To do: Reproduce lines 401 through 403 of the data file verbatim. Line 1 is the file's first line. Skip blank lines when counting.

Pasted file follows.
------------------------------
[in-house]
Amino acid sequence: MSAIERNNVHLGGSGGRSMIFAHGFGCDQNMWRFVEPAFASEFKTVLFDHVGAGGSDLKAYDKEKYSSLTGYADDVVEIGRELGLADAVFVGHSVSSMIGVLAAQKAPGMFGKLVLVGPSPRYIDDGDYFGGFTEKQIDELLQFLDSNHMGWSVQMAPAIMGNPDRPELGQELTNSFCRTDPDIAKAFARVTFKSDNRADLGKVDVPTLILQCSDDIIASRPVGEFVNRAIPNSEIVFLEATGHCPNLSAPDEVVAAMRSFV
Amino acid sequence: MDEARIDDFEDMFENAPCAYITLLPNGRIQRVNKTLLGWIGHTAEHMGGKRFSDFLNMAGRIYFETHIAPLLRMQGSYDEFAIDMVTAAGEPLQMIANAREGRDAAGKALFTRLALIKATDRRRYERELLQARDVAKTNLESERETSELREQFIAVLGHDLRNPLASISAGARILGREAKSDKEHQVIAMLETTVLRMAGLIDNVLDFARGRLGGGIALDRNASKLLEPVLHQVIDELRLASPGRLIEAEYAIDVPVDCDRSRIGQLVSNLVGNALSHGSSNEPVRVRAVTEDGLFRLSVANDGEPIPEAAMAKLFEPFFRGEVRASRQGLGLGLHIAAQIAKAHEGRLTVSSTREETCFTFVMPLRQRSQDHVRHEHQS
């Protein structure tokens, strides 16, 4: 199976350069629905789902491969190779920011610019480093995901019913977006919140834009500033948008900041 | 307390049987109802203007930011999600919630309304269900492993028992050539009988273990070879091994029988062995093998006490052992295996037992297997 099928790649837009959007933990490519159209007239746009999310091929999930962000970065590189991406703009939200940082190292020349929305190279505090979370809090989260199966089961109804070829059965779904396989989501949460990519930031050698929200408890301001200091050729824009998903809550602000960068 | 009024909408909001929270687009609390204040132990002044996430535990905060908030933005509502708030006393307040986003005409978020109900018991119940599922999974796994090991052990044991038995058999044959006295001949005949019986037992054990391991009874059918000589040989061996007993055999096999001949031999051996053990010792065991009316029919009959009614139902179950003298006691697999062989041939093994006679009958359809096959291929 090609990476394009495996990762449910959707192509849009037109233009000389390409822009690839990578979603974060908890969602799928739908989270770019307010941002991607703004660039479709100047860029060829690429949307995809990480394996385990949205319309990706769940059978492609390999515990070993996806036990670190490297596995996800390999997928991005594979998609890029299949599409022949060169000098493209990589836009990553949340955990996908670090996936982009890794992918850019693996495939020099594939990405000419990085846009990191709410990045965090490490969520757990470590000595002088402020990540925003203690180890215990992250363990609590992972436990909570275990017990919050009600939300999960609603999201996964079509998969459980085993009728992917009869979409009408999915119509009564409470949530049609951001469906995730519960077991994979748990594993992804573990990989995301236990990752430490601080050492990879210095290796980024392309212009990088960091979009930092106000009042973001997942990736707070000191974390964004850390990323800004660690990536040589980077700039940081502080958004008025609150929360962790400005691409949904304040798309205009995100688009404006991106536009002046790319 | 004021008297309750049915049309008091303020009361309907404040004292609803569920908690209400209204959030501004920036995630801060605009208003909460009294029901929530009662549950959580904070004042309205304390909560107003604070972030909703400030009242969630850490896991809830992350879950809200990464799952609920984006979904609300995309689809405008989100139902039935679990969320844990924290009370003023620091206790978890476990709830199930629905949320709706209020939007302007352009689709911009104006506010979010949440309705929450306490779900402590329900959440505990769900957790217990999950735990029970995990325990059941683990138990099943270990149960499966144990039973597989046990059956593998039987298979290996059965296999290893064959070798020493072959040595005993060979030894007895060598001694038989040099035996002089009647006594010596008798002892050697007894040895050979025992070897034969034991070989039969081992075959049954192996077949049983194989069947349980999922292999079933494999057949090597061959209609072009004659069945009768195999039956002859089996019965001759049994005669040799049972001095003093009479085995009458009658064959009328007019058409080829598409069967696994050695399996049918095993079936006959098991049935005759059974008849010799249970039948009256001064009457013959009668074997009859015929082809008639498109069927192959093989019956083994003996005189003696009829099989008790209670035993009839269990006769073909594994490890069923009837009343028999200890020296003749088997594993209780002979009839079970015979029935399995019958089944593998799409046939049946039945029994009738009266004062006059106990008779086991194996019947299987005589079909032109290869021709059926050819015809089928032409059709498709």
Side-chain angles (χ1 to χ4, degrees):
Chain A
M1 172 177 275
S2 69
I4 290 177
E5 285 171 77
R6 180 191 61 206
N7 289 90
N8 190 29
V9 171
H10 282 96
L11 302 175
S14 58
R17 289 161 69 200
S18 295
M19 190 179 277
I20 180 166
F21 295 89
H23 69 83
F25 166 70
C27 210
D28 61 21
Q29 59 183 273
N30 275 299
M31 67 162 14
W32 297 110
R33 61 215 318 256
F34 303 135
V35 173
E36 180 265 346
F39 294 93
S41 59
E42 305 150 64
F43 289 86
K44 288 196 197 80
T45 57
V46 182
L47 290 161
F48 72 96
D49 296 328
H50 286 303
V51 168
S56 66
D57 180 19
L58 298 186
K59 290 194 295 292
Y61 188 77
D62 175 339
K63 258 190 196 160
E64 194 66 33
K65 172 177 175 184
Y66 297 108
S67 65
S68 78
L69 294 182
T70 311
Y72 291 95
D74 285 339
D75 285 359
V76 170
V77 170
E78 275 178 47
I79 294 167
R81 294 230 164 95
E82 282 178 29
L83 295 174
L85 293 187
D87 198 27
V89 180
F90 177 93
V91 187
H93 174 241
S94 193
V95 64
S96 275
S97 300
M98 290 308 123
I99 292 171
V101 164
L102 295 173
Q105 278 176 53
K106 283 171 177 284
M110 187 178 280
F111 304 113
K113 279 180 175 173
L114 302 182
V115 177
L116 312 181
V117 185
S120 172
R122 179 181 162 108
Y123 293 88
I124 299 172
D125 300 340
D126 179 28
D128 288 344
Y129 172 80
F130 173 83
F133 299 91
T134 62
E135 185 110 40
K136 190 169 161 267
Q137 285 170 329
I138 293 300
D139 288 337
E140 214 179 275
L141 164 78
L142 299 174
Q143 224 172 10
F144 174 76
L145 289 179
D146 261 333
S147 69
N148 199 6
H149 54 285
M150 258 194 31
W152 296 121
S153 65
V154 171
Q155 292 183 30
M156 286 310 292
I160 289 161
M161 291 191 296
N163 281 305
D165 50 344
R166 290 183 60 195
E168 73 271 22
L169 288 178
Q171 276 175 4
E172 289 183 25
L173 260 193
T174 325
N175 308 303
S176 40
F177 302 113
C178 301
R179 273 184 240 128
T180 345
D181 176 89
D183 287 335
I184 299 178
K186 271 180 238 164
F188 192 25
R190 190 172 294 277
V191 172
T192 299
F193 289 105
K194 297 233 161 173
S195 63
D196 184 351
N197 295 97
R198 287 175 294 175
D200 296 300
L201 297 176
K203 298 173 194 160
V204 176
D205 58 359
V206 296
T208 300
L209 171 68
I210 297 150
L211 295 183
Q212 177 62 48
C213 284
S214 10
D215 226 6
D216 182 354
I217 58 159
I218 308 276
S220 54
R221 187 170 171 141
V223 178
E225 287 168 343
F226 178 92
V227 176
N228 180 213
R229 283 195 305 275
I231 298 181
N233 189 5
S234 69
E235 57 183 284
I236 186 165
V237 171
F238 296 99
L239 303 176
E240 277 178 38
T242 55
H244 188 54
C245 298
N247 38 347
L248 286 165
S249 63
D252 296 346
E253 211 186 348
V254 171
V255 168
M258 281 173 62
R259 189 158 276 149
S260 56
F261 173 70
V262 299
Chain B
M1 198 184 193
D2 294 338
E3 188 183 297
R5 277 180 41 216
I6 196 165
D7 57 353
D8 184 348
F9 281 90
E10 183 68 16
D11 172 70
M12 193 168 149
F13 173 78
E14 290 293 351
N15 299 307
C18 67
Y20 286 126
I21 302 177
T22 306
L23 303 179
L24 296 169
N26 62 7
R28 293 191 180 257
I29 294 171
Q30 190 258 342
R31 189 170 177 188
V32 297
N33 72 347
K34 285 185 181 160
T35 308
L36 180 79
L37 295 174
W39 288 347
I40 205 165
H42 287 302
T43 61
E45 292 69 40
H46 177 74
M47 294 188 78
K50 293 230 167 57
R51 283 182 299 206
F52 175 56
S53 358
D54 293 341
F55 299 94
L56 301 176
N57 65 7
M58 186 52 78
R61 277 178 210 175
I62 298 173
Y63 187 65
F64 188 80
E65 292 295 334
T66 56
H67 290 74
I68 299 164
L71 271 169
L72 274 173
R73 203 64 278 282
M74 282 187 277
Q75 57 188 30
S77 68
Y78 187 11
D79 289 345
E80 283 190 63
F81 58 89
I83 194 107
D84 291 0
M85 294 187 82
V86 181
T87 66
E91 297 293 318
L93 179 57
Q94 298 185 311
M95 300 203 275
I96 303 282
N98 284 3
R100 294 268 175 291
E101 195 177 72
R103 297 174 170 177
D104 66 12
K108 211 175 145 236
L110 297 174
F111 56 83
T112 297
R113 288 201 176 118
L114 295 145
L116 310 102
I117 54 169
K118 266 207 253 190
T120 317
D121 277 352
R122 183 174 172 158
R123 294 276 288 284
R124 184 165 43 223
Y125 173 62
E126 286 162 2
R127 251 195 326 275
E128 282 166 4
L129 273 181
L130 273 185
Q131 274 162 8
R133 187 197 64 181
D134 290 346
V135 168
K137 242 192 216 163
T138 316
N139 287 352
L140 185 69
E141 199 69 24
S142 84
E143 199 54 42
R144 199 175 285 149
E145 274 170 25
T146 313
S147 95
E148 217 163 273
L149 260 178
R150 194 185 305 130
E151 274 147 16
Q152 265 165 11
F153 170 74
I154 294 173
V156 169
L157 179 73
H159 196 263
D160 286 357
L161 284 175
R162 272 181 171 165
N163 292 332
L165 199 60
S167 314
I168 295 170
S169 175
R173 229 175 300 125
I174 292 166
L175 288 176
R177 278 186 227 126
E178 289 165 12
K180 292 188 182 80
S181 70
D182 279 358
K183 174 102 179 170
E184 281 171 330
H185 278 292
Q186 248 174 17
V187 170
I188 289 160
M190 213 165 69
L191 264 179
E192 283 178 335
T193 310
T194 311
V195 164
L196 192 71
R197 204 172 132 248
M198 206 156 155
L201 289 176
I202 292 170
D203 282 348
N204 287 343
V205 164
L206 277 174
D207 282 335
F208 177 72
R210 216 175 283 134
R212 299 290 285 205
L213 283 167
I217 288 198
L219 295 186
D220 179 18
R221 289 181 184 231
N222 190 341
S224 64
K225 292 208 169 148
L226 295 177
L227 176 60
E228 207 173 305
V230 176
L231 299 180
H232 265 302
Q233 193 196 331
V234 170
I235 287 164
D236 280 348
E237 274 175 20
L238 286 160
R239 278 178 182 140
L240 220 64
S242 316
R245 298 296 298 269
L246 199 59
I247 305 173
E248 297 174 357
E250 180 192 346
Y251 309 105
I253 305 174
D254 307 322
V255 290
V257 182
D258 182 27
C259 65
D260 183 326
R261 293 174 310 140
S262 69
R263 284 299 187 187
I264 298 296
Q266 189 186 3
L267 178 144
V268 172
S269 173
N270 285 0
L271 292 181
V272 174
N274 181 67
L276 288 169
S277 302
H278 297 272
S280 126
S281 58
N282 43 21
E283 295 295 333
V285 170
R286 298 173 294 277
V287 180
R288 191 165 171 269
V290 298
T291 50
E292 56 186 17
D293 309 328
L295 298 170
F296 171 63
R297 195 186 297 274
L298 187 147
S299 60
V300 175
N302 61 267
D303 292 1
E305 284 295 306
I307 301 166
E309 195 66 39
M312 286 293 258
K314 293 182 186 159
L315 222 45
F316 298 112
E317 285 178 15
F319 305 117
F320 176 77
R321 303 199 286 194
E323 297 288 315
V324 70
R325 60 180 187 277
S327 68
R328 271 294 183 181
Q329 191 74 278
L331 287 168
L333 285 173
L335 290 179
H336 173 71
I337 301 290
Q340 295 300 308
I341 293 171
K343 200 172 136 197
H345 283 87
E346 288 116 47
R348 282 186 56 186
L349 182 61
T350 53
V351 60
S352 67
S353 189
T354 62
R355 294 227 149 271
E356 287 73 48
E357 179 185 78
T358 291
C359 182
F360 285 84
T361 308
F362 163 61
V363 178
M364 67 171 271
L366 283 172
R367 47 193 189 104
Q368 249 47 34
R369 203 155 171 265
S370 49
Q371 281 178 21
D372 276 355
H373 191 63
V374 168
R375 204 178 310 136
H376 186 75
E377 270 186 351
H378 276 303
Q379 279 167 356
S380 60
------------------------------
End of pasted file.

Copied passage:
Y251 309 105
I253 305 174
D254 307 322